What One Haunting Of Bly Manor Star Thinks The Narrator’s True Motives Were With That Twist Ending

the haunting of bly manor jamie

Spoilers below for those who haven't yet watched the entirety of The Haunting of Bly Manor, so be warned!

Despite going into The Haunting of Bly Manor knowing full well that creator Mike Flanagan and his creative team would have twists galore in store for viewers, I was still completely flabbergasted whenever the season finale revealed Carla Gugino's narrator character to actually be the older version of Amelia Eve's gardener Jamie. While that twist wouldn't have made any sense in the premiere episode, the finale properly set it up by laying out Jamie and Dani's tragic post-manor romance. But while certain details made enough sense, it wasn't immediately clear why Jamie returned to the Wingrave family to tell her tale.

During a press event for The Haunting of Bly Manor that CinemaBlend took part in along with other outlets, I asked star Amelia Eve to talk about Jamie's motivations for dredging up the past at Flora's wedding rehearsal dinner, and whether or not something slightly malicious was guiding her decision in that respect. Here's how she answered:

You mean when the narrator goes back to tell the story again? Yeah, I think kind of, because there's such a sore point when we're at Owen's restaurant and we realize that the kids have no memory of everything that happened. I think there's a moment of slight bitterness, because me and Dani are so weighted down by everything that happened, and it has consumed our lives. As much as Jamie would rather it hadn't, it does. And I think there's an element of, like, wanting them to know and to understand, but without it tarnishing their day or affecting them too much. But wanting them to have the knowledge and wanting them to have the lessons that were learned as a result of what happened without having to go through it again, and to have been a part of it and feel that pain again.

I'll admit that after hearing Amelia Eve's reply, I felt pretty justified for having partially judged older Jamie's actions during the course of The Haunting of Bly Manor. As viewers learned in the final episode, after Flora and Miles left the titular abode with Henry in the wake of Dani trading fates with the Lady of the Lake, the siblings mysteriously lost all their memories of the ghostly terrors they experienced at Bly. They entered adulthood completely free of the darkest moments from their shared history, while all of the other grown-ups seemingly maintained their harrowing and tortured memories. (Poor Owen x1000!)

However, Jamie was the one who dealt with it all the longest, and even made a depressing trip back to the cursed house after Dani stole away to accept her role as the lake's new inhabitant. to witness Dani's drowned corpse, so her mental wounds were no doubt the freshest. Therefore, it wasn't out of the realm of possibilities that Jamie would feel more than a little vindictive when she first begin to tell her long and winding story to the increasingly interested crowd. Still, it wasn't ALL vengeful, as Amelia Eve also noted that Jamie didn't want to do any major damage to Flora or Miles' psyches by reintroducing them to Bly Manor's ghouls. Rather, she wanted it to be more of a cautionary tale.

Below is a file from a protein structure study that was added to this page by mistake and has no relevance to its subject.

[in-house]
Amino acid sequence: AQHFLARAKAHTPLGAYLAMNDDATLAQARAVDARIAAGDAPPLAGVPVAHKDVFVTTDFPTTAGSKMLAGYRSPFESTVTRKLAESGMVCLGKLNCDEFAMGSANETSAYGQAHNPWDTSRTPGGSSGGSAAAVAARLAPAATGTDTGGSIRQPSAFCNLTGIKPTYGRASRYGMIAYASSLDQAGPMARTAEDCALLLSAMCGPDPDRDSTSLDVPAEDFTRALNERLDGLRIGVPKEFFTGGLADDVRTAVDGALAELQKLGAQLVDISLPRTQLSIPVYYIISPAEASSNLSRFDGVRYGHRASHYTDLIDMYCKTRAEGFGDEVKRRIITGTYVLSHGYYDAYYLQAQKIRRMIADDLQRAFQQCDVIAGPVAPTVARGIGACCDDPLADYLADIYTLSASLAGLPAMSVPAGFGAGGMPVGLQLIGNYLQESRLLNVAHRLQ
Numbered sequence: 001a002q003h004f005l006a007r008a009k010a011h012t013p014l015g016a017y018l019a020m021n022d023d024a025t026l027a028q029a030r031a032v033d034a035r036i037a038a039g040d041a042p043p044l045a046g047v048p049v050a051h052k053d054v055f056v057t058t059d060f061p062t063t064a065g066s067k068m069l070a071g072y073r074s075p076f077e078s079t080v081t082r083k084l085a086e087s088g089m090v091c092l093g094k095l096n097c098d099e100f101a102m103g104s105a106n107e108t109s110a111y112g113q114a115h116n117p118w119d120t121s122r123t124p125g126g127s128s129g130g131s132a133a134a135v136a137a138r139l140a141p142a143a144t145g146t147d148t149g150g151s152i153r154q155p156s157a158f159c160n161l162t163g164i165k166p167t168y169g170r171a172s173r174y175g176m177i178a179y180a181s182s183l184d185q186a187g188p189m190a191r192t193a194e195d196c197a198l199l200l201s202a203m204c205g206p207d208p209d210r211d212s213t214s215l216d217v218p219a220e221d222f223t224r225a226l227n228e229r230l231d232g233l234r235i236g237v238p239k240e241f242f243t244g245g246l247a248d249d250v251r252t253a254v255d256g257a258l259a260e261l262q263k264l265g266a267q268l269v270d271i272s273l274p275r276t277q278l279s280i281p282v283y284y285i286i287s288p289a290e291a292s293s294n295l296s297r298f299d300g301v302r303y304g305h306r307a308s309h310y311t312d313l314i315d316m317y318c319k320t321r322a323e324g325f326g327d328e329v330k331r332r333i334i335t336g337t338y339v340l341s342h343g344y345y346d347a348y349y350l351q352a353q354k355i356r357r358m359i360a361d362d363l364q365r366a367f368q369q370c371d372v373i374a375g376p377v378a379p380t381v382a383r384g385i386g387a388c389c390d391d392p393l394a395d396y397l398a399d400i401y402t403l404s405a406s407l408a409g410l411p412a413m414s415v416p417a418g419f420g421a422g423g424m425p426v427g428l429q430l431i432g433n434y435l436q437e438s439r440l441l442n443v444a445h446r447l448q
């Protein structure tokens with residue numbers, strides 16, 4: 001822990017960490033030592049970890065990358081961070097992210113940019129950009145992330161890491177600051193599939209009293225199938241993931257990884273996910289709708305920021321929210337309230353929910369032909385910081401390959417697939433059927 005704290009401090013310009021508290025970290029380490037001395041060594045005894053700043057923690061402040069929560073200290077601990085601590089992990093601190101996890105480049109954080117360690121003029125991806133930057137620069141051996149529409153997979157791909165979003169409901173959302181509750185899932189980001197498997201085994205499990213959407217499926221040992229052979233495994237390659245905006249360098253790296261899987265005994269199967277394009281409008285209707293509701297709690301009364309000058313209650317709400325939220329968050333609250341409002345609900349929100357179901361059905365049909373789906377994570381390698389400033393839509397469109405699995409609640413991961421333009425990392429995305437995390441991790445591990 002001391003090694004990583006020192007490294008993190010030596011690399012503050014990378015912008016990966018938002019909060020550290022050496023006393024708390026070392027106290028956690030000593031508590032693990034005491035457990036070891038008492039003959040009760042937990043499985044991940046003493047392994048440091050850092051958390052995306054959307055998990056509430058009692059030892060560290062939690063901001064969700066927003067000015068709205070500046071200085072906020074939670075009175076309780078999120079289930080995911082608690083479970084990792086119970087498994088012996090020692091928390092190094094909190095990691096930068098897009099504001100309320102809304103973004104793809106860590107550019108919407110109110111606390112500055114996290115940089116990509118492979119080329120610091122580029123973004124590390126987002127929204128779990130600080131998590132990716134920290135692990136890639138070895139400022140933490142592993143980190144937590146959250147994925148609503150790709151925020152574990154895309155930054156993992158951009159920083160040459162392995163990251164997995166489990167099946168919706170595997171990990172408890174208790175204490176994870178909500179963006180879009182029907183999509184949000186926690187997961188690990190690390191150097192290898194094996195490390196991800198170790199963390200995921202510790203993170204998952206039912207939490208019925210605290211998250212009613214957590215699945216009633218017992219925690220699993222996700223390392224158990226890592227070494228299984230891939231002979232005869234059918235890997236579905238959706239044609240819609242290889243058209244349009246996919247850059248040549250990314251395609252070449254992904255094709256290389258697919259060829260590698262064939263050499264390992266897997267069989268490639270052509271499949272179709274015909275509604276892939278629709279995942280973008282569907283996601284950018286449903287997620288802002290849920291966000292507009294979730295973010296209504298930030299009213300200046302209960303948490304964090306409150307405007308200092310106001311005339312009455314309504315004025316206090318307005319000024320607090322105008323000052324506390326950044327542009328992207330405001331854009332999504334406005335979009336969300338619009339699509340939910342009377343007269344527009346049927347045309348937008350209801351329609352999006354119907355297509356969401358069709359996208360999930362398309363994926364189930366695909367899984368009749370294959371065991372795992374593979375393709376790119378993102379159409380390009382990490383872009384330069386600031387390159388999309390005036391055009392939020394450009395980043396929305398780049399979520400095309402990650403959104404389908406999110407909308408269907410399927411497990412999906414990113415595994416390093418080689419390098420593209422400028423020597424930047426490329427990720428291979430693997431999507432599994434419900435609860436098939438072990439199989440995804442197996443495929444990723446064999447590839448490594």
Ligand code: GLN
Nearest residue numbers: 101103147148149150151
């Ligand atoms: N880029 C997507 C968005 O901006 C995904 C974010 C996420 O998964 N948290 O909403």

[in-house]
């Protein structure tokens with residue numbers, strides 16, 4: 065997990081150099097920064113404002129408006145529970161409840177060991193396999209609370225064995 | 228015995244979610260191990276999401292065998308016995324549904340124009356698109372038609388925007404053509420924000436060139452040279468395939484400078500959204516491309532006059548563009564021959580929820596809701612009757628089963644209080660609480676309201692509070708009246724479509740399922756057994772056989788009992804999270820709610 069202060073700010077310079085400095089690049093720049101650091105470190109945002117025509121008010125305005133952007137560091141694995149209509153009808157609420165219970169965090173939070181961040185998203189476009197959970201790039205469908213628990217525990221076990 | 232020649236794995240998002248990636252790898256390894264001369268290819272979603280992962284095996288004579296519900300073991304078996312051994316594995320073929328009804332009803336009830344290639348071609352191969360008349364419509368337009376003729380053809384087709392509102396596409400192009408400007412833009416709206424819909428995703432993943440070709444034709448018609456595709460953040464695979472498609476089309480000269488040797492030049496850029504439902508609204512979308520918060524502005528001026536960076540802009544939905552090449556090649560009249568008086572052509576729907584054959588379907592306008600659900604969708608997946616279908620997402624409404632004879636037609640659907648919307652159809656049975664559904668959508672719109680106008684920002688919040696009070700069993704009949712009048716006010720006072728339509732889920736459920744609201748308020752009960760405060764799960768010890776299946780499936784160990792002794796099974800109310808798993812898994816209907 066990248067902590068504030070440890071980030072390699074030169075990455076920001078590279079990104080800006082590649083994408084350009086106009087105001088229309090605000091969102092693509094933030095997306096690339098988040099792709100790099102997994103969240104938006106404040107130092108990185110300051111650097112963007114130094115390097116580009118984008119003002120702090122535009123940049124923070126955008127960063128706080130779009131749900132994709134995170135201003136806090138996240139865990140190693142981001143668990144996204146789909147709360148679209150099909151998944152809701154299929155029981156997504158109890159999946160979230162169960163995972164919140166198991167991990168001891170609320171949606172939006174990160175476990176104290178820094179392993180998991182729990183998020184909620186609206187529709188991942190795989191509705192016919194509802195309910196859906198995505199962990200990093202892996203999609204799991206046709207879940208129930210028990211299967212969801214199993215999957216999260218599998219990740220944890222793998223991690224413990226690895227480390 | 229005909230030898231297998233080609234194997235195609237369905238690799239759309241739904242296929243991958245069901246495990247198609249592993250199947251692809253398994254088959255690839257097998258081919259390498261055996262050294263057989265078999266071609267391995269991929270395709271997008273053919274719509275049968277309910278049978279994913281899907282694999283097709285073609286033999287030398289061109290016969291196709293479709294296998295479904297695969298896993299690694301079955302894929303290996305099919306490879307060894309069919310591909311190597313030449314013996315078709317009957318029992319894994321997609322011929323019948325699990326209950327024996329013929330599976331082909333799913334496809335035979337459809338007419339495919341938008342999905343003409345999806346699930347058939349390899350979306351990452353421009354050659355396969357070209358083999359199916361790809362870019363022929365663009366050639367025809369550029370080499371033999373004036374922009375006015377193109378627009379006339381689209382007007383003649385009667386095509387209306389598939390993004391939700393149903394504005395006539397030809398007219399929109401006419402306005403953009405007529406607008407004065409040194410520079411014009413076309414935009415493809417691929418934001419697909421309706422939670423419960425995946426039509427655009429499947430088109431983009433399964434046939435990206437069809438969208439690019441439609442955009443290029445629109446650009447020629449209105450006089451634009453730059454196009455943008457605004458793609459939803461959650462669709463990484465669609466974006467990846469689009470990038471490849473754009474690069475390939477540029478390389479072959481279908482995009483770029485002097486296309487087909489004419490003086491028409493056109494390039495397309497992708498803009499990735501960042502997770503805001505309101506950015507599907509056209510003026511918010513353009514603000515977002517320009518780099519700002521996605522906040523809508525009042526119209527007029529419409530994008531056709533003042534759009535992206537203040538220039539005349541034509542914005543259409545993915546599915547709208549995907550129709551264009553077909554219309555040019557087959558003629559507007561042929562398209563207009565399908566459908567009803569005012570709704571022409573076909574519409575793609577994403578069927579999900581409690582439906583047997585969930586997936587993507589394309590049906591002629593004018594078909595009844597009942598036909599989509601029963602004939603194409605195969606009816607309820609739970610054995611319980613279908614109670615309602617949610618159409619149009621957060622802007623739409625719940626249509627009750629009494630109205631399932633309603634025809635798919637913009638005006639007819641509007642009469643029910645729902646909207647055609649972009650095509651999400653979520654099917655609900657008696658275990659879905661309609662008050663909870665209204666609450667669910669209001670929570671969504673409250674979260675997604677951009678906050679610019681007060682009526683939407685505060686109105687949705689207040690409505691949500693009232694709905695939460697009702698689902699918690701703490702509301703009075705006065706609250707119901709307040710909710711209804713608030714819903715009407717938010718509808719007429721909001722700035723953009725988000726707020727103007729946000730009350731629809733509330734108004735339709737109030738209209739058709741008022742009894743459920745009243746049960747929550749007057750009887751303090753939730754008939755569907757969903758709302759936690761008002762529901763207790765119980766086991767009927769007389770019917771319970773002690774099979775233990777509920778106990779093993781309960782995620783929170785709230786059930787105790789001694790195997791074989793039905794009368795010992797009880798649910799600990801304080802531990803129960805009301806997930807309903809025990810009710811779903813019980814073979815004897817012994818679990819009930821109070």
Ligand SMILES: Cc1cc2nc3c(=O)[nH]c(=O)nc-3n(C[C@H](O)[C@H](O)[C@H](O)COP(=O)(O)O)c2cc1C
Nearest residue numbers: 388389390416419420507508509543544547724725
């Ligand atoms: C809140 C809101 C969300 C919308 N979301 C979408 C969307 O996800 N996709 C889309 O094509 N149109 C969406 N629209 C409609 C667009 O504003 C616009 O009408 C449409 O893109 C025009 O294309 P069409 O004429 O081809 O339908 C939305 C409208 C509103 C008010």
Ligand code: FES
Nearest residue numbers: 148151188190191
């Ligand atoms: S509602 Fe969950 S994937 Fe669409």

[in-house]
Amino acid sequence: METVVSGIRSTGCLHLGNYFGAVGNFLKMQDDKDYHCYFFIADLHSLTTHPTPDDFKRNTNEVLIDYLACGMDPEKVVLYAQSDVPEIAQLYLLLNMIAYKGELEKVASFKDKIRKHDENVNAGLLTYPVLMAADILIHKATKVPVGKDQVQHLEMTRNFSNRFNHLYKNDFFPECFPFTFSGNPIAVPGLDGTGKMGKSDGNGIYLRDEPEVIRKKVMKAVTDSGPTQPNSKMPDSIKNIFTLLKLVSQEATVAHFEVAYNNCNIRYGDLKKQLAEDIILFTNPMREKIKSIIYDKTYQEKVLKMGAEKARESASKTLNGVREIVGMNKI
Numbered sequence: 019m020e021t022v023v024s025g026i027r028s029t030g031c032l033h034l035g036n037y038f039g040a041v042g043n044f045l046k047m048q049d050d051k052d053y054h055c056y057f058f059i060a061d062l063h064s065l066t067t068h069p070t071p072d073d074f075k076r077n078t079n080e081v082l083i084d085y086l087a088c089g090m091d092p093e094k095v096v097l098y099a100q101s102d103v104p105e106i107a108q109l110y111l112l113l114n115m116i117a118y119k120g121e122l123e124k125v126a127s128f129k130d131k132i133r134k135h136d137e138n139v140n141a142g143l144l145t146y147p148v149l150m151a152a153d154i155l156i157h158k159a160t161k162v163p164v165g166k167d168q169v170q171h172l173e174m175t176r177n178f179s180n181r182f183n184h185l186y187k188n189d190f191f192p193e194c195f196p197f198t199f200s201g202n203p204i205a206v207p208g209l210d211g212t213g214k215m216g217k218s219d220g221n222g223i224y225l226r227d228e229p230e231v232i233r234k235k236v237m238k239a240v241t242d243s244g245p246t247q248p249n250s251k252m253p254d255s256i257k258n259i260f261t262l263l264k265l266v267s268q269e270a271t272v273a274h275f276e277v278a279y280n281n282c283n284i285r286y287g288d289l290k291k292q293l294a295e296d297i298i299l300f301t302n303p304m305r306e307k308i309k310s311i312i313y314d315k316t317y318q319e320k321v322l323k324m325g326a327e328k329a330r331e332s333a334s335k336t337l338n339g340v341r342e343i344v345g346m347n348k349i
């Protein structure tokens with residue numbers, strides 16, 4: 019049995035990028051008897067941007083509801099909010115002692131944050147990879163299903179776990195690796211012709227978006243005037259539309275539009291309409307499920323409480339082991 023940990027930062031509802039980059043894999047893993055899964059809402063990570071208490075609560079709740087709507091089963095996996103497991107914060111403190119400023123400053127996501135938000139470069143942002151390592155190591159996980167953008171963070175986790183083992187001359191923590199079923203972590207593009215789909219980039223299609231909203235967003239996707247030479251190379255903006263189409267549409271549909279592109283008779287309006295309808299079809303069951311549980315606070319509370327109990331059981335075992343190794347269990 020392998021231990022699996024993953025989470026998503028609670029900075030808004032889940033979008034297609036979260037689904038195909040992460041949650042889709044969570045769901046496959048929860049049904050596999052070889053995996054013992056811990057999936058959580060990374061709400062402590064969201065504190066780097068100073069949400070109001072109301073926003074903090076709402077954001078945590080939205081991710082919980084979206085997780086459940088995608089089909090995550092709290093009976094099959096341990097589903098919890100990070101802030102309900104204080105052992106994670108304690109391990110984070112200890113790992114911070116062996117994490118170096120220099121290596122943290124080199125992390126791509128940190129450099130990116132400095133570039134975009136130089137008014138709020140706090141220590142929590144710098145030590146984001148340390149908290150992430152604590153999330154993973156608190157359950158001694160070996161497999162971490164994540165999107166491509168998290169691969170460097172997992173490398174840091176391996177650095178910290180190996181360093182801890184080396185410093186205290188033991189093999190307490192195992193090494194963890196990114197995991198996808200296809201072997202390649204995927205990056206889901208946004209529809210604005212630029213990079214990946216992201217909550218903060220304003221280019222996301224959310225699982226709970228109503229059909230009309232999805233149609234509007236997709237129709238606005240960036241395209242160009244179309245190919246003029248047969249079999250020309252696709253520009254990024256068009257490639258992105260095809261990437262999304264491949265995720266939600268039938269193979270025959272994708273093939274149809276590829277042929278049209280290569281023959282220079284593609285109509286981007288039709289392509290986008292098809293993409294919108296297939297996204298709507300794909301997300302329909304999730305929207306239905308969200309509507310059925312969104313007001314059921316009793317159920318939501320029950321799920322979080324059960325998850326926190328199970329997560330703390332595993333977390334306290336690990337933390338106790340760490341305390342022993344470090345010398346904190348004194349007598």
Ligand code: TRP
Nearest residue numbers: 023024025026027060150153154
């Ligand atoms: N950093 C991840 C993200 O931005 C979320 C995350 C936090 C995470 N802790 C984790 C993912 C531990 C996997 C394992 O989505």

The actress continued:

So I think by turning it into this fiction instead, and dropping it in gently, I think they're able to still learn the lessons that were learned through this real struggle that they experienced without bumming these kids out and sending them on a downward spiral and them turning into the Hill House kids. [Laughs.] I think it was good intentions. I see it as good intentions.

That would be quite the baffling crossover if Flora and Miles took Jamie's story overly seriously and turned into the nerve-shattered and selfish wrecks that several of the Crain siblings became in The Haunting of Hill House. But at least that would make for a more concrete connection between broke-neck Hannah and the Bent-Neck Lady beyond just both characters being at the center of each season's fifth (and best) episode.

In the end, for as much angst and bitterness that Jamie may have felt at times about having lost Dani to Bly Manor's clutches, she didn't want to ruin the lives of arguably the two most innocent souls in the bunch. Just maybe to ruin their sleep with all that scary shit. One has to wonder, though. Would Jamie have even made that trip in the first place if she was aware that Dani's spirit was still in her presence? I'd assume not, but that would make for a sweet surprise for the wedding reception.

All nine episodes of The Haunting of Bly Manor are currently available to stream in full on Netflix. While waiting to hear news about a third season, as well as news about Mike Flanagan's other upcoming Netflix shows, stay tuned to CinemaBlend and check out our Fall TV 2020 premiere schedule to see what new and returning shows will be popping up soon.

Nick Venable
Assistant Managing Editor

Nick is a Cajun Country native and an Assistant Managing Editor with a focus on TV and features. His humble origin story with CinemaBlend began all the way back in the pre-streaming era, circa 2009, as a freelancing DVD reviewer and TV recapper.  Nick leapfrogged over to the small screen to cover more and more television news and interviews, eventually taking over the section for the current era and covering topics like Yellowstone, The Walking Dead and horror. Born in Louisiana and currently living in Texas — Who Dat Nation over America’s Team all day, all night — Nick spent several years in the hospitality industry, and also worked as a 911 operator. If you ever happened to hear his music or read his comics/short stories, you have his sympathy.